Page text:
Schumer has been a champion of Wall Street financial firms for years, particularly hedge funds, yet now is holding himself out as a reformer.
It was Schumer who helped organize hedge fund lobbying efforts and campaign contributions, as reported by the NY Times on March 13, 2007:
Other resources on Schumer's long-term and tight connection to the hedge fund industry, including massive campaign fundraising efforts for the Democratic Party, include:
On a cold evening in late January, Senator Charles E. Schumer invited a who's who of hedge funds to dinner at Bottega del Vino on the Upper East Side of Manhattan. More than $100 billion worth of wealth sat around the table, including Paul Tudor Jones of Tudor Capital; Steven Cohen of SAC Capital; Stanley Druckenmiller of Duquesne Capital; and James Chanos of Kynikos Capital, according to a person who was briefed on the dinner.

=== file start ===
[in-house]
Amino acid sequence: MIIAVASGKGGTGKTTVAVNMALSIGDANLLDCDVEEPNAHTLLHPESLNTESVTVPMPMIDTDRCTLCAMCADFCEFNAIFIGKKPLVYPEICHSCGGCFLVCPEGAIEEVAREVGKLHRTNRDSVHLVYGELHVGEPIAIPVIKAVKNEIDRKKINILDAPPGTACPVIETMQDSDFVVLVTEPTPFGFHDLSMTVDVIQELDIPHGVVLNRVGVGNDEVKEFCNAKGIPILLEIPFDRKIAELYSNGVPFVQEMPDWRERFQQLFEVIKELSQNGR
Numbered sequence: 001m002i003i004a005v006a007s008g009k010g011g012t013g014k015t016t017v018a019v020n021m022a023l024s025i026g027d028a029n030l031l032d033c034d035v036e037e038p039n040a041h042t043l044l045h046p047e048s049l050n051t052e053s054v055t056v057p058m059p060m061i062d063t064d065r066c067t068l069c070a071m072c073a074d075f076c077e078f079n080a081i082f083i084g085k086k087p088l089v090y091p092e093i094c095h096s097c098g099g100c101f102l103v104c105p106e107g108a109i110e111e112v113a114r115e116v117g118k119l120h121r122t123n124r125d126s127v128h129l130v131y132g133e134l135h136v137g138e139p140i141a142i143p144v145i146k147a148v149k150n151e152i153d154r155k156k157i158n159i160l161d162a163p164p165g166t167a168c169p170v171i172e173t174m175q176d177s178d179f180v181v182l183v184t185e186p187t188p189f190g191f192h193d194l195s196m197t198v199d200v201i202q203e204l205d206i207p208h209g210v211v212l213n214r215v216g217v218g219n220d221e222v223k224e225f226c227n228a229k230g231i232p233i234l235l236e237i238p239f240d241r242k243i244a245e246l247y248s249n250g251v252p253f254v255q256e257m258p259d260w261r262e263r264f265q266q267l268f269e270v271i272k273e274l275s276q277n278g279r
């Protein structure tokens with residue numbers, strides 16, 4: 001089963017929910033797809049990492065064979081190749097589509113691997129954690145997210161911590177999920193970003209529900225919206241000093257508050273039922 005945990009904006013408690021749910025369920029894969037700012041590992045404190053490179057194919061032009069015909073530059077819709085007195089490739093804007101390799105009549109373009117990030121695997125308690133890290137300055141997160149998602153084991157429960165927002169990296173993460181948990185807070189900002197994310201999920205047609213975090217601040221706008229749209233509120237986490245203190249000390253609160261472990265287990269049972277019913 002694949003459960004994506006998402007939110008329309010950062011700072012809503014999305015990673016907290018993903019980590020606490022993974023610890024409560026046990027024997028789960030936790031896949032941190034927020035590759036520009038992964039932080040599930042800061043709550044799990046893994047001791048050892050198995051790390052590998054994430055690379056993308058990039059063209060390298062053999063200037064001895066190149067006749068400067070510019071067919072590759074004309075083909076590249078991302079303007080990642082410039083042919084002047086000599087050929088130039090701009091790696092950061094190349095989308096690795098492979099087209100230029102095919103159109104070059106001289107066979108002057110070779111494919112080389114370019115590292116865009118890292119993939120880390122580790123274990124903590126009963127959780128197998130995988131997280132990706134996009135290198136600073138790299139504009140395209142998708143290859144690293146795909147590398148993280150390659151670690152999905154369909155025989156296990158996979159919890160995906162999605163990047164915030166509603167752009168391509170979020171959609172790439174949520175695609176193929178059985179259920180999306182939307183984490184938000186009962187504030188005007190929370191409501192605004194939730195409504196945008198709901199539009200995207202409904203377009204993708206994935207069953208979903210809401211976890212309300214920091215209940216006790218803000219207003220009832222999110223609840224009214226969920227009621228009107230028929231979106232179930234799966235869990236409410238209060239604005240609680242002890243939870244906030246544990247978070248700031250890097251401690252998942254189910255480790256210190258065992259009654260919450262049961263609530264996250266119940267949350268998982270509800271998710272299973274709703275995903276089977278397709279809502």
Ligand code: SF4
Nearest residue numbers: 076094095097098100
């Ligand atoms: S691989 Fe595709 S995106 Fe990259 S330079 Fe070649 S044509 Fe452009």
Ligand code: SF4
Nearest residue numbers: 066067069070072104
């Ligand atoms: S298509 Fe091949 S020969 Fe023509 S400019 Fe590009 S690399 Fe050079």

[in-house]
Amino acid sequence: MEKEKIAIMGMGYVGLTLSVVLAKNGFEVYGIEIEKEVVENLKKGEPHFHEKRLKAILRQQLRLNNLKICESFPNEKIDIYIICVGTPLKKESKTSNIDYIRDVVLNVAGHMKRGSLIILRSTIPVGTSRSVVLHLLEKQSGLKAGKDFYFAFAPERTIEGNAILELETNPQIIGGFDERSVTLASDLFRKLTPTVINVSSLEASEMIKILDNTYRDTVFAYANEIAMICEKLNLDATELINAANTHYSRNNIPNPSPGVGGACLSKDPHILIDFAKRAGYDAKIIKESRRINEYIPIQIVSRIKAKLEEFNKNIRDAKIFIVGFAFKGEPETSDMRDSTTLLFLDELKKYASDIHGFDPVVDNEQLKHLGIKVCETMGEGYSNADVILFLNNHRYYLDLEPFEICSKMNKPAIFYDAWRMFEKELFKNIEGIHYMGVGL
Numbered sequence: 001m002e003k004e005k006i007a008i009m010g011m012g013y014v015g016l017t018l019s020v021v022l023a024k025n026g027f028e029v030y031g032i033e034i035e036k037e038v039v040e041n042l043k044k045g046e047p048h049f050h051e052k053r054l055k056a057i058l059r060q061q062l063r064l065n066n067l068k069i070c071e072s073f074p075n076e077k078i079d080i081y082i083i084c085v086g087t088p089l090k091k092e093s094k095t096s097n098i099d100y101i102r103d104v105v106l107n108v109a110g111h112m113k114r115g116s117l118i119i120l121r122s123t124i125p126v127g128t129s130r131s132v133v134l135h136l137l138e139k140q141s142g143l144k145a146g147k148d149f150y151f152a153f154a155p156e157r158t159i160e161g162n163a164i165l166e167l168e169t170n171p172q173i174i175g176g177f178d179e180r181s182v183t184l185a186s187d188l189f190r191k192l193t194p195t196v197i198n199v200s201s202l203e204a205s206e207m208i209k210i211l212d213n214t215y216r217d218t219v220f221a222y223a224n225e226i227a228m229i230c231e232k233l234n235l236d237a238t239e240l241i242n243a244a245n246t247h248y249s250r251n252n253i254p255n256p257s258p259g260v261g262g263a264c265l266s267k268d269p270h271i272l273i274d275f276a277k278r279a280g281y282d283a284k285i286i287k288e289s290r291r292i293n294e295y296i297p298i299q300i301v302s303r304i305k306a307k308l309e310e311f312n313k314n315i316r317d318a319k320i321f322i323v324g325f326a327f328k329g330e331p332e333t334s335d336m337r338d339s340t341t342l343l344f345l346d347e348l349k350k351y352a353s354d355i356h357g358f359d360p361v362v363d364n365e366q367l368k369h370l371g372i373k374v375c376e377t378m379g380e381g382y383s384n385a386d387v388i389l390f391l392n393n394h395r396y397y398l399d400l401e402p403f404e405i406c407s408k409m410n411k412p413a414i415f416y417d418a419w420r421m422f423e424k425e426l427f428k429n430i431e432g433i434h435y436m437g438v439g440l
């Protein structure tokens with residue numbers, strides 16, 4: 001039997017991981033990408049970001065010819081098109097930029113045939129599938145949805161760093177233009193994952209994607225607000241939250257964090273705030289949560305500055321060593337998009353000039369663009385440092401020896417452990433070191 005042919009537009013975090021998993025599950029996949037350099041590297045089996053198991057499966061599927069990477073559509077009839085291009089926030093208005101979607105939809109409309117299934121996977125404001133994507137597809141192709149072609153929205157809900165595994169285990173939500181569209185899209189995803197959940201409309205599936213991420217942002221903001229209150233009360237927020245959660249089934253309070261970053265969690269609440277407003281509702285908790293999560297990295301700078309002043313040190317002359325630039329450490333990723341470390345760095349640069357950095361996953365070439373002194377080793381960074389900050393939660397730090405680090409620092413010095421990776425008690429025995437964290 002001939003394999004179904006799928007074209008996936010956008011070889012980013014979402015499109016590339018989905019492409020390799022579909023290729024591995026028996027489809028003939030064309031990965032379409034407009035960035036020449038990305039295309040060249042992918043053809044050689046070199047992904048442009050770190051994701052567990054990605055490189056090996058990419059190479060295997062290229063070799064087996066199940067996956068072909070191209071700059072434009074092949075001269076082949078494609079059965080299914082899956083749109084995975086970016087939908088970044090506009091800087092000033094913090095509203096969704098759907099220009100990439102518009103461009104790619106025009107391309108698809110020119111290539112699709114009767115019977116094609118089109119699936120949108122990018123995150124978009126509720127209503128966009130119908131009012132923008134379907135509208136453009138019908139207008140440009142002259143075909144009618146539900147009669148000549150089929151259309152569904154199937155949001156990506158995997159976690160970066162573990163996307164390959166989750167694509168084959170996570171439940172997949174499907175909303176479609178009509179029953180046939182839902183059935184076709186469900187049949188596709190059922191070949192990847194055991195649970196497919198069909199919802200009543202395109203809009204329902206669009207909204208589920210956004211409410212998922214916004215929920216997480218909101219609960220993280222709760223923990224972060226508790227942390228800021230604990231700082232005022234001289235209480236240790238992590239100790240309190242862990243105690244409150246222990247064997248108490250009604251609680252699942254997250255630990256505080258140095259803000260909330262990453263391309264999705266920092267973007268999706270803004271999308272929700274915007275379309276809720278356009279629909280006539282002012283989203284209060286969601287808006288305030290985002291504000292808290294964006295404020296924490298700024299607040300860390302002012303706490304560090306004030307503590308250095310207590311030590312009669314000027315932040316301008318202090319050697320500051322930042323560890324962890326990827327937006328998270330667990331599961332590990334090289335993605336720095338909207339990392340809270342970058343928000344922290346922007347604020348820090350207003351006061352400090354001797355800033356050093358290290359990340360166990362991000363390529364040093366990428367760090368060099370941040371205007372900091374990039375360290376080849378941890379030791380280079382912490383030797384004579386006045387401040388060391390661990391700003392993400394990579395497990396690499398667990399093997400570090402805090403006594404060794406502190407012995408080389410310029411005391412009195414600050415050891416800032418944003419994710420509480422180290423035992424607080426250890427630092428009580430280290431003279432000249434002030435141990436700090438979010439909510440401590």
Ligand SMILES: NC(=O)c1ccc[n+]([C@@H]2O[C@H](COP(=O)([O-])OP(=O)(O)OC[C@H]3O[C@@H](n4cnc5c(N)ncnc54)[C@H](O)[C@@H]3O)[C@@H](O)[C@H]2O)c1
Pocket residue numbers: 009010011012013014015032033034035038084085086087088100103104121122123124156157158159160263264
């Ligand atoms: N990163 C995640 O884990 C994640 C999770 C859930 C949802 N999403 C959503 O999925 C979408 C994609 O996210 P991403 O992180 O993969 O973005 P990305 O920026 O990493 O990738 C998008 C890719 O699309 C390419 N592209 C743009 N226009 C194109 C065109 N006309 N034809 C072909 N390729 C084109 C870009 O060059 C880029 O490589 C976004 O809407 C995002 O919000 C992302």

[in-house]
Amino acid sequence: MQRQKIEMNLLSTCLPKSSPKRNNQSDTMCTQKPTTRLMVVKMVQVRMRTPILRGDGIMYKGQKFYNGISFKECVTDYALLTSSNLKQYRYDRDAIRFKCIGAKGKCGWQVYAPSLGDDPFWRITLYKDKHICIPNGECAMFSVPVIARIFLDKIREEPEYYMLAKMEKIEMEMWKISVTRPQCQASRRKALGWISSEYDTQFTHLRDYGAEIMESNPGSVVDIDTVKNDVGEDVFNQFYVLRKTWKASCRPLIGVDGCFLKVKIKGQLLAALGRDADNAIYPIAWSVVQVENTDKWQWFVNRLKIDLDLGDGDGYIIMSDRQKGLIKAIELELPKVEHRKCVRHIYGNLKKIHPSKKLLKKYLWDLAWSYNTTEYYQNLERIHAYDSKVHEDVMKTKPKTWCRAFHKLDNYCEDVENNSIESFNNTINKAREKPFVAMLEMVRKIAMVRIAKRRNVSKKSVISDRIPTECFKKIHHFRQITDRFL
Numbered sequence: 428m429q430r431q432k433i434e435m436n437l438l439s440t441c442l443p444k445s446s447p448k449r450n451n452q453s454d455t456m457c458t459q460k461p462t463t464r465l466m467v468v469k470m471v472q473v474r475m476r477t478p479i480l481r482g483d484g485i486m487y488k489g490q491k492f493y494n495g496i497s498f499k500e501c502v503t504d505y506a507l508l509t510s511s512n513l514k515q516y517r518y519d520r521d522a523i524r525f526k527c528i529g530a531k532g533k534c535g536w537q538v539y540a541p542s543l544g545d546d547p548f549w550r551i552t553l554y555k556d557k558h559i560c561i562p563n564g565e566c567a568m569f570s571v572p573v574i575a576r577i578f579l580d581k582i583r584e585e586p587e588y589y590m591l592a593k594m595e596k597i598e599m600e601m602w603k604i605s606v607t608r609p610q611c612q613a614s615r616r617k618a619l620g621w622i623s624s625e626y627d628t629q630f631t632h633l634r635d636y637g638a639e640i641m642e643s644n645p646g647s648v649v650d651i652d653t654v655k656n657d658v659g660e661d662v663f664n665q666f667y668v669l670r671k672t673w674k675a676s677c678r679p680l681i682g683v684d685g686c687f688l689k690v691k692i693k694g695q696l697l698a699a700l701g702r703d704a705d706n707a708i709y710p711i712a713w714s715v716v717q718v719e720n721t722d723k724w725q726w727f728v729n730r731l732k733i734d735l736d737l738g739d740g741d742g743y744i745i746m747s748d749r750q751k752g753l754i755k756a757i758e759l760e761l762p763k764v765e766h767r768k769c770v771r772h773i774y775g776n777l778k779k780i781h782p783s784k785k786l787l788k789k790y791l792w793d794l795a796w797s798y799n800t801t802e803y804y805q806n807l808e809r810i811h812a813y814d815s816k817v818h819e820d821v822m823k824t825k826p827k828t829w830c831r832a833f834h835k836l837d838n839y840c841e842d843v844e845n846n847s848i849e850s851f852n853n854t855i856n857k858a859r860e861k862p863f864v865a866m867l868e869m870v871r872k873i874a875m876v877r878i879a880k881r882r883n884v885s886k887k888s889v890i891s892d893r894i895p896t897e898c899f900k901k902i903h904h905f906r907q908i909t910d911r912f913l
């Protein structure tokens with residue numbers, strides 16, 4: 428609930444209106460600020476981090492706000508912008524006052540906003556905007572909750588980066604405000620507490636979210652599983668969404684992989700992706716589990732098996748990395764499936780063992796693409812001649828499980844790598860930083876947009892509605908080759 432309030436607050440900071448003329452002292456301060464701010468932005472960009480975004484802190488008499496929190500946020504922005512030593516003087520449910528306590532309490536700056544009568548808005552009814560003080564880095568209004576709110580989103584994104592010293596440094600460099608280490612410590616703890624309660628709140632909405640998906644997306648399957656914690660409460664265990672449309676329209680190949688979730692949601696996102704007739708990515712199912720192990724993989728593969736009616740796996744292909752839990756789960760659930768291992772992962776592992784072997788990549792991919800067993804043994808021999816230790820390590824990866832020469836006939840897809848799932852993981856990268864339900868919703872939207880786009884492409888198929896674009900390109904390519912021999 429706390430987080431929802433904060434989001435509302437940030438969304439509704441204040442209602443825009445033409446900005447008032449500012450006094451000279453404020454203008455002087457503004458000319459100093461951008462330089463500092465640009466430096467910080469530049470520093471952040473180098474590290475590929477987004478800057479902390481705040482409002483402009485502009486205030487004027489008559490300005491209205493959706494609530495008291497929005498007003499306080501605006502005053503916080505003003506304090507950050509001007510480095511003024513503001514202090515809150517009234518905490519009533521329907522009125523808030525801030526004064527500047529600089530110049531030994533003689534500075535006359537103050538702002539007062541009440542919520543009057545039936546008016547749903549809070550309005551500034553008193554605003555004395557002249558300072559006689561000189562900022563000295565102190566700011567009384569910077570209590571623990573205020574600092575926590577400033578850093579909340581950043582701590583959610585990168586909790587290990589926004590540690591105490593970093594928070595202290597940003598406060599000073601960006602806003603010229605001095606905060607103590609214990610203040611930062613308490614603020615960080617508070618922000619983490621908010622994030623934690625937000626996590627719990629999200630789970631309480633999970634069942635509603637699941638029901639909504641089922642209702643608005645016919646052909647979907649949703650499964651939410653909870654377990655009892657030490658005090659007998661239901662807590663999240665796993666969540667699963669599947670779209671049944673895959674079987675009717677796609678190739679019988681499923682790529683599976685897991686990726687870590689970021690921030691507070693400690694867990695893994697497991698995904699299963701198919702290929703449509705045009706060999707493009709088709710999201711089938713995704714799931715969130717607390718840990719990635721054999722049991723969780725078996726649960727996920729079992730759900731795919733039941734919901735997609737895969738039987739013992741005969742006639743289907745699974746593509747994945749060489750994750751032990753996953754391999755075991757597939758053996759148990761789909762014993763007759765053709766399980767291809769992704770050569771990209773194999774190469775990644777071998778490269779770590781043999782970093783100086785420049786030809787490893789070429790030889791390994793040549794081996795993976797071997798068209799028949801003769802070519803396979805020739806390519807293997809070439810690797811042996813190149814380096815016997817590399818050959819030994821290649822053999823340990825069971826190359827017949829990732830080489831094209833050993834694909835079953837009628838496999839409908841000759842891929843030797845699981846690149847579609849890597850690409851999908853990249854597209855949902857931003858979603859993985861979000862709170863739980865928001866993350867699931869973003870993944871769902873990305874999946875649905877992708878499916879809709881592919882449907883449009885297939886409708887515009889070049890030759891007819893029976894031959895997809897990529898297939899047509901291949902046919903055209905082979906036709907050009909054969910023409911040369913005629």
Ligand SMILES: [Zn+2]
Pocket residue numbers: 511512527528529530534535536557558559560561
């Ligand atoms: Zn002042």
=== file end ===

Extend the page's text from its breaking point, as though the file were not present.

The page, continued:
Mr. Schumer, the New York Democrat, had some simple advice for the billionaires in his midst: If you want Washington to work with you, you had better work better with one another.
- Hedge Funds, Buyout Firms Favor Democrats With Campaign Money, August 14, 2006
- For Schumer, the Double-Edged Sword of Cozying Up to Hedge Funds, June 22, 2007
- In Opposing [Hedge Fund] Tax Plan, Schumer Breaks With Party, July 30, 2007
- Schumer and the hedge fund lobbyists, July 7, 2009
- Goldman suit figure touted, fundraised for ally Schumer, April 16, 2010
Expect Schumer publicly to treat his former Wall Street friends the way he treated a flight attendant, now that the spotlight is on the money shoved deep into his and other Democrats' pockets for years.
Privately, Schumer will see to it that the "reforms" are for show only, so that he can go back to the Wall Street fundraising well again and again and again.
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